Service orientation is a paradigm that frames what you do.
Service-oriented architecture (SOA) is a type of architecture
that results from applying service orientation.

We have been applying service orientation to help organizations
consistently deliver sustainable business value, with increased agility
and cost effectiveness, in line with changing business needs.

Through our work we have come to prioritize:

Business value over technical strategy
Strategic goals over project-specific benefits
Intrinsic interoperability over custom integration
Shared services over specific-purpose implementations
Flexibility over optimization
Evolutionary refinement over pursuit of initial perfection

That is, while we value the items on the right, we value the items on the left more.


Guiding Principles
We follow these principles:

Respect the social and power structure of the organization.

Recognize that SOA ultimately demands change on many levels.

The scope of SOA adoption can vary. Keep efforts manageable
and within meaningful boundaries.

Products and standards alone will neither give you SOA nor apply
the service orientation paradigm for you.

SOA can be realized through a variety of technologies and standards.

Establish a uniform set of enterprise standards and policies based
on industry, de facto, and community standards.

Pursue uniformity on the outside while allowing diversity on the inside.

Identify services through collaboration with business and
technology stakeholders.

Maximize service usage by considering the current and
future scope of utilization.

Verify that services satisfy business requirements and goals.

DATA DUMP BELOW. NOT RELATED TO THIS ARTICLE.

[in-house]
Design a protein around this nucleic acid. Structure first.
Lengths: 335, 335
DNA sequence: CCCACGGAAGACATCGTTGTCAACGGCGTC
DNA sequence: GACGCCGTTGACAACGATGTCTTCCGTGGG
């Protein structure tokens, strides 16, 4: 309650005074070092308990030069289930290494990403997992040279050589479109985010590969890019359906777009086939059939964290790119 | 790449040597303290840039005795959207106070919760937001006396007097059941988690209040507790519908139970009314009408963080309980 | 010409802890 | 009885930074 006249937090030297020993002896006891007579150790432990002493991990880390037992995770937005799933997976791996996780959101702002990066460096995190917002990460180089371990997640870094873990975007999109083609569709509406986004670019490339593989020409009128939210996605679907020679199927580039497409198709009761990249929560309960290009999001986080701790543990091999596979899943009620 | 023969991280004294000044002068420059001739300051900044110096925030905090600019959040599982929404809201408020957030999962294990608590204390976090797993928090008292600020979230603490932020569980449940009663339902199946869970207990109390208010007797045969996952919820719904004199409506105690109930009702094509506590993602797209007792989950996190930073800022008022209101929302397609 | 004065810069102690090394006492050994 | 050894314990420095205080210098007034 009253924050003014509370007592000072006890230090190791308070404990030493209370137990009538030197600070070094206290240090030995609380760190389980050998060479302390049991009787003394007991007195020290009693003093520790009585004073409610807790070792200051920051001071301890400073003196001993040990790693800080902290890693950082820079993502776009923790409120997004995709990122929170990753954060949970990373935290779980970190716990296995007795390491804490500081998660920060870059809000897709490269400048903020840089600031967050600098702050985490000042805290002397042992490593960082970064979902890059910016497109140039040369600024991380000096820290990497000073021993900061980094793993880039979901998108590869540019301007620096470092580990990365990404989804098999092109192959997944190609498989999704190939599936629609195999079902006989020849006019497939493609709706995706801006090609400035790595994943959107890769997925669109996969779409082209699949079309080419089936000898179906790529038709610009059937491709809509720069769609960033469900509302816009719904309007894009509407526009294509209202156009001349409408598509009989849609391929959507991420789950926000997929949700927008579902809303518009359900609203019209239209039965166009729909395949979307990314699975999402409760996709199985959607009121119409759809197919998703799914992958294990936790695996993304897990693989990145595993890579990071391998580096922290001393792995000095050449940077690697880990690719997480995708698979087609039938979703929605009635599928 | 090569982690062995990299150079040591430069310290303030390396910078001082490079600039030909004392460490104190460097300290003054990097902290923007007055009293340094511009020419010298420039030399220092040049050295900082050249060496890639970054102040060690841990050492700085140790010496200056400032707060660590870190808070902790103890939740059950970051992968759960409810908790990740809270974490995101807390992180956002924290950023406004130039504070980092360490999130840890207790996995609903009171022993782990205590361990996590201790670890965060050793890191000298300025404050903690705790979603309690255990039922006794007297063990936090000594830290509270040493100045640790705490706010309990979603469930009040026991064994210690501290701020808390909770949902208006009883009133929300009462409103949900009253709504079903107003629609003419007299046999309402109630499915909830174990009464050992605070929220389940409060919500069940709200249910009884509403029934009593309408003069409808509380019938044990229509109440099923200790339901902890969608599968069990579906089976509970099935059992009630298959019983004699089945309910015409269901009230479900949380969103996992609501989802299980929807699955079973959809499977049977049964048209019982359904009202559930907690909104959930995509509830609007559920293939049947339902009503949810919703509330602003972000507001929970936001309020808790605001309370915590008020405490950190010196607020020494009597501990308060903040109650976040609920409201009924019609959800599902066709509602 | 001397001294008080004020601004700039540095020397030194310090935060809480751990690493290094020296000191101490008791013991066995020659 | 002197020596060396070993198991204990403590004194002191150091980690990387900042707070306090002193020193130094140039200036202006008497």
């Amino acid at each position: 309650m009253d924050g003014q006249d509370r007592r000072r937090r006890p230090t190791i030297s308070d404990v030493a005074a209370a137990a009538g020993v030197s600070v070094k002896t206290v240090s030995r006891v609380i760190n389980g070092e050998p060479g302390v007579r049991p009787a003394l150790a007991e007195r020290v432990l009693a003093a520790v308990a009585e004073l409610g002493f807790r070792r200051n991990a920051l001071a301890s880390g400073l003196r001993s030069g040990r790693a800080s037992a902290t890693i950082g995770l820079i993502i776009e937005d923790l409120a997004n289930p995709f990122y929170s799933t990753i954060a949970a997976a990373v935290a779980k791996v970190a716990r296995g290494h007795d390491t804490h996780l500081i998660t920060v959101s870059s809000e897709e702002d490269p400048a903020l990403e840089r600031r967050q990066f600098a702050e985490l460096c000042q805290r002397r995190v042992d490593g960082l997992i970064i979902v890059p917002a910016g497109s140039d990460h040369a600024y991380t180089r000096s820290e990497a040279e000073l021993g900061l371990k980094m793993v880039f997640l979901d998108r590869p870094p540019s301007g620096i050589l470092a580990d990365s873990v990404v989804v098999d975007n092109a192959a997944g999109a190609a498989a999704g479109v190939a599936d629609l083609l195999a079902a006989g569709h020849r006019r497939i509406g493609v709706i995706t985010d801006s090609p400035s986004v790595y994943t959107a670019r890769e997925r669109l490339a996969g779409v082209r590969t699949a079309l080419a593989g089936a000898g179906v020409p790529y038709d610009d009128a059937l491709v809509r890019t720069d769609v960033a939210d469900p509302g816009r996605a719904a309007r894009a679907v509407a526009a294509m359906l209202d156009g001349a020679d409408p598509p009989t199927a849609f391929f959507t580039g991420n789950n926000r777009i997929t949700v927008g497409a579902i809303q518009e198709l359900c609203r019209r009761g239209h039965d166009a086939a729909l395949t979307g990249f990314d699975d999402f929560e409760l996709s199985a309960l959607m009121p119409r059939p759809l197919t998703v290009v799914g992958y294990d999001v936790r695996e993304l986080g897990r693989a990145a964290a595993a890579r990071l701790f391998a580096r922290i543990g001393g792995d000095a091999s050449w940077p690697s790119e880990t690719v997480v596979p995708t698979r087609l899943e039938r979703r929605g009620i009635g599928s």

Evolve services and their organization in response to real use.

Separate the different aspects of a system that change at different rates.

Reduce implicit dependencies and publish all external dependencies to increase robustness and reduce the impact of change.

At every level of abstraction, organize each service around a cohesive
and manageable unit of functionality.


Ali Arsanjani
Grady Booch
Toufic Boubez
Paul C. Brown
David Chappell
John deVadoss
Thomas Erl
Nicolai Josuttis
Dirk Krafzig
Mark Little
Brian Loesgen
Anne Thomas Manes
Joe McKendrick
Steve Ross-Talbot
Stefan Tilkov
Clemens Utschig-Utschig
Herbjörn Wilhelmsen

Enterprise Decision Management (EDM)

janeiro 12, 2010

Eis aí um conceito que me agradou: Enterprise Decision Management (EDM).  Você pode encontrar mais detalhes sobre sua origem e aplicações em!


Enterprise Decision Management (EDM), or Business Decision Management (BDM) as it is sometimes known, is an approach for automating and improving high-volume operational decisions. Focusing on operational decisions, it develops decision services using business rules to automate those decisions, adds analytic insight to these services using predictive analytics and allows for the ongoing improvement of decision-making through adaptive control and optimization.

The five concepts identified in italics in the definition above and shown in the figure below underlie the approach. Decision Services provide a standard architectural concept to handle decision automation, business rules are the backbone of decision automation while predictive analytics ensure that corporate data is put to work in automated decision making. Finally adaptive control and related optimization techniques ensure that the inherent uncertainties involved in decision making can be managed and that decisions can be improved over time.

Advanced Analytics Predictions For 2010

janeiro 12, 2010

Encontrei este interessante post no blog É apropriado para aqueles mais inclinados ao decision-making process!


Posted by James Kobielus on December 15, 2009

Advanced Analytics Predictions For 2010
James G. Kobielus
By James Kobielus